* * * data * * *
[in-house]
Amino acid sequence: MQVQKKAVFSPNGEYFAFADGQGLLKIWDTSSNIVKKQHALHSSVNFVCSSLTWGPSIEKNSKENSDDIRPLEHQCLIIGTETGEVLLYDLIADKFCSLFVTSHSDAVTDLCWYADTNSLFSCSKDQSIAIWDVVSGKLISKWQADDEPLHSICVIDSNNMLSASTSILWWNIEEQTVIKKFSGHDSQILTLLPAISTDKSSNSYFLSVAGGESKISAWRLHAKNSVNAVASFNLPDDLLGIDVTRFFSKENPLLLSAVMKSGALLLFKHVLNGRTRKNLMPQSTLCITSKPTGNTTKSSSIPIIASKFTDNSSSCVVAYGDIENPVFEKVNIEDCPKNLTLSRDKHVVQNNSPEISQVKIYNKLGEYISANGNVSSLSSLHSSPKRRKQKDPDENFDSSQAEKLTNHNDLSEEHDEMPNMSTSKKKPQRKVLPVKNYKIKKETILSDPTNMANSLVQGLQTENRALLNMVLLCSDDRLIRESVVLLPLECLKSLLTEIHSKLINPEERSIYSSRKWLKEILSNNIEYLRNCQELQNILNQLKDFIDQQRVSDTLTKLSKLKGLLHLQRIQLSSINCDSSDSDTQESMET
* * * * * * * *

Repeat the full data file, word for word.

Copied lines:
[in-house]
Amino acid sequence: MQVQKKAVFSPNGEYFAFADGQGLLKIWDTSSNIVKKQHALHSSVNFVCSSLTWGPSIEKNSKENSDDIRPLEHQCLIIGTETGEVLLYDLIADKFCSLFVTSHSDAVTDLCWYADTNSLFSCSKDQSIAIWDVVSGKLISKWQADDEPLHSICVIDSNNMLSASTSILWWNIEEQTVIKKFSGHDSQILTLLPAISTDKSSNSYFLSVAGGESKISAWRLHAKNSVNAVASFNLPDDLLGIDVTRFFSKENPLLLSAVMKSGALLLFKHVLNGRTRKNLMPQSTLCITSKPTGNTTKSSSIPIIASKFTDNSSSCVVAYGDIENPVFEKVNIEDCPKNLTLSRDKHVVQNNSPEISQVKIYNKLGEYISANGNVSSLSSLHSSPKRRKQKDPDENFDSSQAEKLTNHNDLSEEHDEMPNMSTSKKKPQRKVLPVKNYKIKKETILSDPTNMANSLVQGLQTENRALLNMVLLCSDDRLIRESVVLLPLECLKSLLTEIHSKLINPEERSIYSSRKWLKEILSNNIEYLRNCQELQNILNQLKDFIDQQRVSDTLTKLSKLKGLLHLQRIQLSSINCDSSDSDTQESMET